dr Doireann O’Leary: The social media star says women need to demand better healthcare

0

Women across Ireland thank Dr. Doireann O’Leary not only for launching her eponymous supplement line, more on that later, but for giving them sleep.

If you’re unfortunate enough to live with a chronic snorer, Cork’s GP has new advice: invest in a didgeridoo. Playing the musical instrument can reduce the severity of snoring and perhaps keep your marriage intact.

That’s just a small nugget you can glean from the 34-year-old’s Instagram account – a platform brimming with easily digestible medical information.

“I don’t know if the sound of the didgeridoo would be worse than the sound of snoring, so I might get backlash from that,” laughs the popular paramedic over a call from her kitchen table.

Close


The cork-based Dr. Doireann O’Leary with their range of health supplements

The cork-based Dr. Doireann O’Leary with their range of health supplements

The businesswoman, hailed for debunking medical misinformation and quelling mass panic during the pandemic, has used her social media presence to educate and engage with her 186,000 followers.

“I try to balance preaching and offering something lighter online because people want a little bit of fun and a little bit of relief,” she says.

“I don’t want to say, ‘You have to do this to reduce your risk of cancer,’ so I try to lighten it up when I can. When you put yourself online and people feel like they know and trust you, that comes with a certain responsibility.

“It’s so important to share really good and up-to-date evidence-based advice and correct information. The reason I started the site was because I saw so much misinformation online that just confuses people and I wanted to empower people.

“When there’s 200,000 views on a roll about folic acid, that’s empowering information and it feels good. I love being a GP and I’m so passionate about helping, but a lot of times when I’m online I just want to see what people are wearing and all the beautiful beauty stuff, so I’m just grateful that get people interested in what I do.”

Launching her own line of supplements, including folic acid capsules and a vitamin C spray, was an organic progression for the doctor, she says: “We’ve been working on it for well over a year.

“I’m really proud of it because it’s really good for people’s health. When people take their folic acid, vitamin D, B12 and omega fatty acids, it has been scientifically proven to benefit people’s health.

“For example, most of the time people take a multivitamin and have no idea what’s in it, or people take vitamins that they just don’t need. Only 50 percent of women in Ireland take folic acid. Taking supplemental folic acid reduces the risk of neural tube defects in developing babies.

“It’s so important that people know and understand what they’re taking.”

The health and wellness advocate is also not above sharing her own personal health struggles to raise awareness.

Doireann was just 31 when she was diagnosed with cervical cancer in 2019.

“A lot of people share their stories to help other people, and I never understood that before I got cancer – ‘why would anyone be so motivated to warn other people?’ But when you go through it, you want to tell people that this really simple test can help you and protect you and save your life.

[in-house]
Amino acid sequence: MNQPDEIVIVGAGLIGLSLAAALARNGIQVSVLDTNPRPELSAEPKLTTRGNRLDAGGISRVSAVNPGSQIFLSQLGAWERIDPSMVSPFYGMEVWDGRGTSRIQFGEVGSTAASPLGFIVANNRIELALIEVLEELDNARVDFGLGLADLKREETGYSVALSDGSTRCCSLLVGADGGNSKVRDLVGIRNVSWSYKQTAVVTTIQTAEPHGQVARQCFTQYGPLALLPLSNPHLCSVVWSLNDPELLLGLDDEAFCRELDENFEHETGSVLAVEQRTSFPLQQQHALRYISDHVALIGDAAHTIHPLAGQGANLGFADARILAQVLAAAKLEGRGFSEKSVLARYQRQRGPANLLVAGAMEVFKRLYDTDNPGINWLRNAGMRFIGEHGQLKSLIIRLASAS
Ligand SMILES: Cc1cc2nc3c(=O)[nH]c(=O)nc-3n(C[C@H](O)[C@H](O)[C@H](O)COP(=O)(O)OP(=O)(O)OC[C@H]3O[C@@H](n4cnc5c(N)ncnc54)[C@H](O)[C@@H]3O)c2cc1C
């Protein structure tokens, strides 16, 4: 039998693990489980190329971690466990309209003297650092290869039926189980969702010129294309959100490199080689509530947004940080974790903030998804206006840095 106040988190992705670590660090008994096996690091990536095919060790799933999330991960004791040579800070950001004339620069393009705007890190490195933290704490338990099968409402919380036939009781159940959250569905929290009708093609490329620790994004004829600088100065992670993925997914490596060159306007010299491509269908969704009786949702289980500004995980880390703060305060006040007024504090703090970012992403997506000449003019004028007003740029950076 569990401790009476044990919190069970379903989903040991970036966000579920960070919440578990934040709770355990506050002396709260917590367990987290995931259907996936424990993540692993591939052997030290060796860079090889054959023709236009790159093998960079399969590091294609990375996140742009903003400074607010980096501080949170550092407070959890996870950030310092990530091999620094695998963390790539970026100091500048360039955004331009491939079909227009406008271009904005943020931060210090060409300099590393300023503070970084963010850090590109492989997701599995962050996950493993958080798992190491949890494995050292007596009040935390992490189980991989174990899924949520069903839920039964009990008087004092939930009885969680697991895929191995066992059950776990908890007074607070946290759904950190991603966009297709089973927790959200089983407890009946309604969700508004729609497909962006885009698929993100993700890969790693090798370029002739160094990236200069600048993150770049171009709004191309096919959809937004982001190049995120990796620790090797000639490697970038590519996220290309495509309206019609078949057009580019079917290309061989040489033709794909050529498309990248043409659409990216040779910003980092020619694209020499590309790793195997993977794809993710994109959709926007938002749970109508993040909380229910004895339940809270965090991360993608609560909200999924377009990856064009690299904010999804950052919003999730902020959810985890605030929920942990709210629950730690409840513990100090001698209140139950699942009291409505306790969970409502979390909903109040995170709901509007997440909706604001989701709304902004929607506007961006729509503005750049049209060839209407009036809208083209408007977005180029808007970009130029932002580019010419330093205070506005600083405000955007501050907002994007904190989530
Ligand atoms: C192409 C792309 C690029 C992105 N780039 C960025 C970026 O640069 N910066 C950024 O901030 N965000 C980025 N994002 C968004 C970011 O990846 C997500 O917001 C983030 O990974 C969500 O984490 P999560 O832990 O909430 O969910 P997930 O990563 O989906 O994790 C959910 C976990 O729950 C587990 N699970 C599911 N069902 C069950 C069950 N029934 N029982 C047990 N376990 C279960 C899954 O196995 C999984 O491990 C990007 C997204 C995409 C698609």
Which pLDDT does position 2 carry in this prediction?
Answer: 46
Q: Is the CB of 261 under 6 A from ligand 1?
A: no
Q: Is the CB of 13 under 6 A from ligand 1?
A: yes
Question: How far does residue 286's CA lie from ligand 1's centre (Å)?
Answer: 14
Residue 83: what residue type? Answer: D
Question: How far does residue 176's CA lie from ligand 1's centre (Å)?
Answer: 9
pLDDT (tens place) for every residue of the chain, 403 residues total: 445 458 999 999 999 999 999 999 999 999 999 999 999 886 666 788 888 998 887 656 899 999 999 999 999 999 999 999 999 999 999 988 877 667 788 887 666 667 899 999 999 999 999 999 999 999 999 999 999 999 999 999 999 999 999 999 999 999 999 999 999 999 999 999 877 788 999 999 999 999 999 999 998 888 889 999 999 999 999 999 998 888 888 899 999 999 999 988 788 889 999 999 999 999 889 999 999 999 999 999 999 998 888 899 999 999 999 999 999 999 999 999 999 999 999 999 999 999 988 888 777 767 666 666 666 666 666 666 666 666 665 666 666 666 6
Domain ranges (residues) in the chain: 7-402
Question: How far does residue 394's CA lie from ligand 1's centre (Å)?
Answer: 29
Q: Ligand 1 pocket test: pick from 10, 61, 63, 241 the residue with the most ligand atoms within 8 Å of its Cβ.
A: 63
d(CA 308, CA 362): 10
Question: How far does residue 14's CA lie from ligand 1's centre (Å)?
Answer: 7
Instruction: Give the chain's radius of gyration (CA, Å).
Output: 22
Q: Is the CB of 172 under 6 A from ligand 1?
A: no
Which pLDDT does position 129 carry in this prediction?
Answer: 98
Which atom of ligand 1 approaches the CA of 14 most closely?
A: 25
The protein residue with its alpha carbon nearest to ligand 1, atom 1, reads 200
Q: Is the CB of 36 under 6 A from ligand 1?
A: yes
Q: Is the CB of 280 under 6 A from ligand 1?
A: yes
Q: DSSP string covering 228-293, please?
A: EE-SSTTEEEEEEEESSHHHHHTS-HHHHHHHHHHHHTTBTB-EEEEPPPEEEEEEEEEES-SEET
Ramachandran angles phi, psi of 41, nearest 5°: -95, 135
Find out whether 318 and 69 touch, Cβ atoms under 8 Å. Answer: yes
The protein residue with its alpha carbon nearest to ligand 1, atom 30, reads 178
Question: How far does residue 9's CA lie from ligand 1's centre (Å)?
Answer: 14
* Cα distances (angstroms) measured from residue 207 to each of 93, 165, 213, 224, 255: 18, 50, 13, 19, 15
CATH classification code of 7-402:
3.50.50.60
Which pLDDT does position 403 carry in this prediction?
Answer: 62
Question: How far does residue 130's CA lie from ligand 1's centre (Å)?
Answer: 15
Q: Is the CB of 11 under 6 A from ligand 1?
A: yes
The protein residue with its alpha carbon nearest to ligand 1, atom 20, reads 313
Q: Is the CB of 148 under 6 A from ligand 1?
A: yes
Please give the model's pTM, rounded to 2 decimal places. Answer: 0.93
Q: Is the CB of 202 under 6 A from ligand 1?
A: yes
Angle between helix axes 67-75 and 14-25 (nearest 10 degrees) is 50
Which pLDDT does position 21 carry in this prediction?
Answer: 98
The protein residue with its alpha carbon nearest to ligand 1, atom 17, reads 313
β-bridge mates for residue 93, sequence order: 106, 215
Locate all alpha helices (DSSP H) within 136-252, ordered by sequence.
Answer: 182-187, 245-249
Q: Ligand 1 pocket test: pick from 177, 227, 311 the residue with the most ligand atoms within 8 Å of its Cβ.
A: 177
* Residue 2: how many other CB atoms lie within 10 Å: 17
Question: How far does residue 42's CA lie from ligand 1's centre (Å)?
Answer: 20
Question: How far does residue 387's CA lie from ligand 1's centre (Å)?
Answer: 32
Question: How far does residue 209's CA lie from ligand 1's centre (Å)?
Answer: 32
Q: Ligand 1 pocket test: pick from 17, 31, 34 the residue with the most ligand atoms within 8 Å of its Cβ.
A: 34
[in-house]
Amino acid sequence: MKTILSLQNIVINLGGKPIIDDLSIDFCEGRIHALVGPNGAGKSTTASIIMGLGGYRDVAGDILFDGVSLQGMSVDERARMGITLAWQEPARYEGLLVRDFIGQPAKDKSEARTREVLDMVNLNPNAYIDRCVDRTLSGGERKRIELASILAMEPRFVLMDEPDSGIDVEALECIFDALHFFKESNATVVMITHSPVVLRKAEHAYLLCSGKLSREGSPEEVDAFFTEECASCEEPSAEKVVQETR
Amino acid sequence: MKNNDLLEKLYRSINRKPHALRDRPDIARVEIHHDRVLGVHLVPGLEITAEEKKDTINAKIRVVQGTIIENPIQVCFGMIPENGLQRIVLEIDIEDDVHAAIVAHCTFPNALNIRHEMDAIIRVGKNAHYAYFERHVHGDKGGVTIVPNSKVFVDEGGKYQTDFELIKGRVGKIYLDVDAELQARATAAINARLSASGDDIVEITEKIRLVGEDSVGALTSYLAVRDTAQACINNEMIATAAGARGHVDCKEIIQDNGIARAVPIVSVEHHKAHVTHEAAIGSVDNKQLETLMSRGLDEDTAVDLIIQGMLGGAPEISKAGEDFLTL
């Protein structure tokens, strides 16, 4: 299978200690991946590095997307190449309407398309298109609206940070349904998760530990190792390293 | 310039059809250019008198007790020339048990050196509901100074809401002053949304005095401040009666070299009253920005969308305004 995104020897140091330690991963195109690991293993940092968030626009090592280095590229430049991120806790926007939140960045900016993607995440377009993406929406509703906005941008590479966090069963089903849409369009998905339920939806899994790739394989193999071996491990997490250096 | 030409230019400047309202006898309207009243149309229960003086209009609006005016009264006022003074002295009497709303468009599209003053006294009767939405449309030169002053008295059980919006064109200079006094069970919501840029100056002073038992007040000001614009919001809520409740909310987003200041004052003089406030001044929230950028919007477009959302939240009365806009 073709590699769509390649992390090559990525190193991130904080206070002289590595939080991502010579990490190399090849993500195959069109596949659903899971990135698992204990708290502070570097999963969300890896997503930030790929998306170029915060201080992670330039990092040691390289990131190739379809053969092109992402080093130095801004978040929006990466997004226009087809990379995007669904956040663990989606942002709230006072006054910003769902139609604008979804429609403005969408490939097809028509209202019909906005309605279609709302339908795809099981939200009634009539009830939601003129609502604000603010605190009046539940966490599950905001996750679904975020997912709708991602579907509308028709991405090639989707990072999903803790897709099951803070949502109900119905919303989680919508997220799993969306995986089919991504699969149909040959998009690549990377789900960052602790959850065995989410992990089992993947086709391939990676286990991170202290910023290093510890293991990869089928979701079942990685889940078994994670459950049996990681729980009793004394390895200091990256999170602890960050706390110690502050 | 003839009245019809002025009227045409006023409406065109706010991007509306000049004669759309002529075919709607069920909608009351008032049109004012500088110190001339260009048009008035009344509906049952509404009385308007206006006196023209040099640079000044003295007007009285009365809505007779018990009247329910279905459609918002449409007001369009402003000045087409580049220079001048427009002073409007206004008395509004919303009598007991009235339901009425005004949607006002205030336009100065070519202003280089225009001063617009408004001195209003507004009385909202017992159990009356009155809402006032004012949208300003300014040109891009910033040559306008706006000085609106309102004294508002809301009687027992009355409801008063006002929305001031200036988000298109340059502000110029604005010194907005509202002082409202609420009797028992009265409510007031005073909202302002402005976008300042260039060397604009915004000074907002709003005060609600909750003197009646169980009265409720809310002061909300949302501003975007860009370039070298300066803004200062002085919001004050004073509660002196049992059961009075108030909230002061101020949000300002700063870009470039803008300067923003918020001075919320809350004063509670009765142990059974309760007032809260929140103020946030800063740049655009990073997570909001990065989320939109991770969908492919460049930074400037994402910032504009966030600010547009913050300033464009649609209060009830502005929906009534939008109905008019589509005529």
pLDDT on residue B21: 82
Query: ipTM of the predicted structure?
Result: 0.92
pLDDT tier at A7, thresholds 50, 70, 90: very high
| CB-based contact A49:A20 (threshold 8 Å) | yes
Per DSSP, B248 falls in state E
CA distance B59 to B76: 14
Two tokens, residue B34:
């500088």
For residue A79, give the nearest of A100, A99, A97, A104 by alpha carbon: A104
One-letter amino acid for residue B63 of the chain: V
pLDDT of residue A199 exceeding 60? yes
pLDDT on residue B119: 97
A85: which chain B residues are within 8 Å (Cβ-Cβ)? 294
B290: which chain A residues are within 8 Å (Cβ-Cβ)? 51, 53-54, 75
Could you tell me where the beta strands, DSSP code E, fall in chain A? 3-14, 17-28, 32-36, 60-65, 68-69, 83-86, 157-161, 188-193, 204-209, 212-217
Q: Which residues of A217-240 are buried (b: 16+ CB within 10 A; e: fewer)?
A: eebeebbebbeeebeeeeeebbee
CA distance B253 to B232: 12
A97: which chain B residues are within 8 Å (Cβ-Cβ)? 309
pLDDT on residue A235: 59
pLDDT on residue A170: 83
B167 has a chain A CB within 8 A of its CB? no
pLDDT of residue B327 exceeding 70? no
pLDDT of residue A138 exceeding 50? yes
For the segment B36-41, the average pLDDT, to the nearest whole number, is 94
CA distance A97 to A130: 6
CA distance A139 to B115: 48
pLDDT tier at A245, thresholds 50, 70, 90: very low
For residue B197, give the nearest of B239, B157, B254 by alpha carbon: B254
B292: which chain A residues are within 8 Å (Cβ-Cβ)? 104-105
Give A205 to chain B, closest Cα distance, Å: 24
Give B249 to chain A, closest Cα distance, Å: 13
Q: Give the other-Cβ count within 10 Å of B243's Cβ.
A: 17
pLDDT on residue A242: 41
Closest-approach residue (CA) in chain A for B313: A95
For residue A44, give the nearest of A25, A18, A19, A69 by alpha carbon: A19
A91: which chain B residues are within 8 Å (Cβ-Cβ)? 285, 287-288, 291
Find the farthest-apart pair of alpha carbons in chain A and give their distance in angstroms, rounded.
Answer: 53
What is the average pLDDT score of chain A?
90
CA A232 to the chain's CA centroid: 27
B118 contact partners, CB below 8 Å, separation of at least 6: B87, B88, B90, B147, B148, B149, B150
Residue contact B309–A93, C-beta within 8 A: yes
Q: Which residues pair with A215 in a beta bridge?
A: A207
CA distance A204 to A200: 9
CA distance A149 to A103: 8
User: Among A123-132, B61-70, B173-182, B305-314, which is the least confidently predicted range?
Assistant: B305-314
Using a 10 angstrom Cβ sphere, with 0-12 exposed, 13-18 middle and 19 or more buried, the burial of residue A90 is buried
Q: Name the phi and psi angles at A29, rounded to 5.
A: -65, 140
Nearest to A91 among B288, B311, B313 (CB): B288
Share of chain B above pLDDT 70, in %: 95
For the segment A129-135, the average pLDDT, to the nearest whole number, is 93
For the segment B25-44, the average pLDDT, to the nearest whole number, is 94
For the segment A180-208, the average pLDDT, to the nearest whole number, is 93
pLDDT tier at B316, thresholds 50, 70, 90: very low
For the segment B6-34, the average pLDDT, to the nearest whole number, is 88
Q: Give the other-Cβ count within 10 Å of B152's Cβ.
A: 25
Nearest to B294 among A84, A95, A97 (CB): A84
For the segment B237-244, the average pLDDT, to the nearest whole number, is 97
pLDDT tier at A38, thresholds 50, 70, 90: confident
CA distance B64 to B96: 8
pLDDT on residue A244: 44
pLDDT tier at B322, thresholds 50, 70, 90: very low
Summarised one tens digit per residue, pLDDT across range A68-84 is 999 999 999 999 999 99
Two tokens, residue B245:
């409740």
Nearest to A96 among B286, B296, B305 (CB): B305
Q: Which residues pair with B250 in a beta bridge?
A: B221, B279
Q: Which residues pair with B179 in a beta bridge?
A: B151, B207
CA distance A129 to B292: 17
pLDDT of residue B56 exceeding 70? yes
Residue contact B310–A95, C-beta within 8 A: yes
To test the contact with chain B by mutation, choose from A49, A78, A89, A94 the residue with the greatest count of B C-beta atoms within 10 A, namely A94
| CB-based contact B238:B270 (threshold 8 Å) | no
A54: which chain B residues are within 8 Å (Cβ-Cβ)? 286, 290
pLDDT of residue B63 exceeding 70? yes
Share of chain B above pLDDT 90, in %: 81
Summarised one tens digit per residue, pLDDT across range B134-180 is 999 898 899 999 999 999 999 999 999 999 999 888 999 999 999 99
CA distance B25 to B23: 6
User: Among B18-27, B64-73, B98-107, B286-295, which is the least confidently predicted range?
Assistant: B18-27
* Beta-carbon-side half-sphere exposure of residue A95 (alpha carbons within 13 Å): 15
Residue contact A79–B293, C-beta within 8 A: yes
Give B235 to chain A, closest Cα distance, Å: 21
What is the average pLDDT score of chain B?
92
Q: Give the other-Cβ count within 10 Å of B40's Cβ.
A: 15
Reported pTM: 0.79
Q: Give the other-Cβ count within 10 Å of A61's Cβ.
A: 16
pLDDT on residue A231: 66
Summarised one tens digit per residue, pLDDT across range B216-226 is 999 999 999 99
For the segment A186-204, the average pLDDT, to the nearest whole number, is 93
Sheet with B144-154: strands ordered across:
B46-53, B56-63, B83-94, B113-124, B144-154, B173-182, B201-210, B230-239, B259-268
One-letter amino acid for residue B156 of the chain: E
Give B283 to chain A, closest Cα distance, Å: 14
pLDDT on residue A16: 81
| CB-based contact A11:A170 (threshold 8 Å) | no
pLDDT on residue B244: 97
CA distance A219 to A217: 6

“I’ve been so passionate about telling people I went for a swab and it was discovered so early that I’m alive and healthy and fit and healthy. I was 31, which was young for cervical cancer.

“I felt so healthy and comfortable and had no symptoms, I just wanted to get a routine swab. I was absolutely shocked when I received the results. I just didn’t see it coming.”

Encouraging women to take a stand for their own health, the doctor continues, “There is evidence that women are less listened to than male patients, but I think that is changing.

“The doctors I am surrounded by are so passionate about women’s health and take women seriously and study their symptoms. Basically all my patients are women.

“There is evidence that women may take longer to get a diagnosis, but women are now speaking up for themselves. Young girls in their 20’s are so good at coming in and saying ‘these are my symptoms and this is what I think and can we go from there’.

“Young people are so impactful and so articulate, and that’s the good thing about social media. People know so much more than doctors give them credit for. I find it so impressive from my followers point of view how informed they are.”

Doireann might look incredibly chic on social media, but the stylish practitioner joked that she doesn’t look all that flawless when it comes to her job.

“I try my best when I’m on TV or on camera, but my patients will see me without makeup, with my hair up and that’s the real me. I don’t always look like this, believe me. “

As a past burnout victim, Doireann also knows the importance of downtime, she adds: “I love to unwind at the weekend. I saw The Tinder Swindler. I’ve seen this twice, I’ve become obsessed, it’s ridiculous.

“I also love real estate shows like Dermot Bannon and Room to Improve — just don’t expect my house to look that immaculate.”

The dietary supplement range from Dr. Doireann O’Leary is available in pharmacies nationwide and on thebeautybasket.ie priced from €10.95 to €15.95

Download the Sunday World app

Download now the free app for the latest Sunday World News, Crime, Irish Showbiz and Sport. Available on Apple and Android devices

Share.

Comments are closed.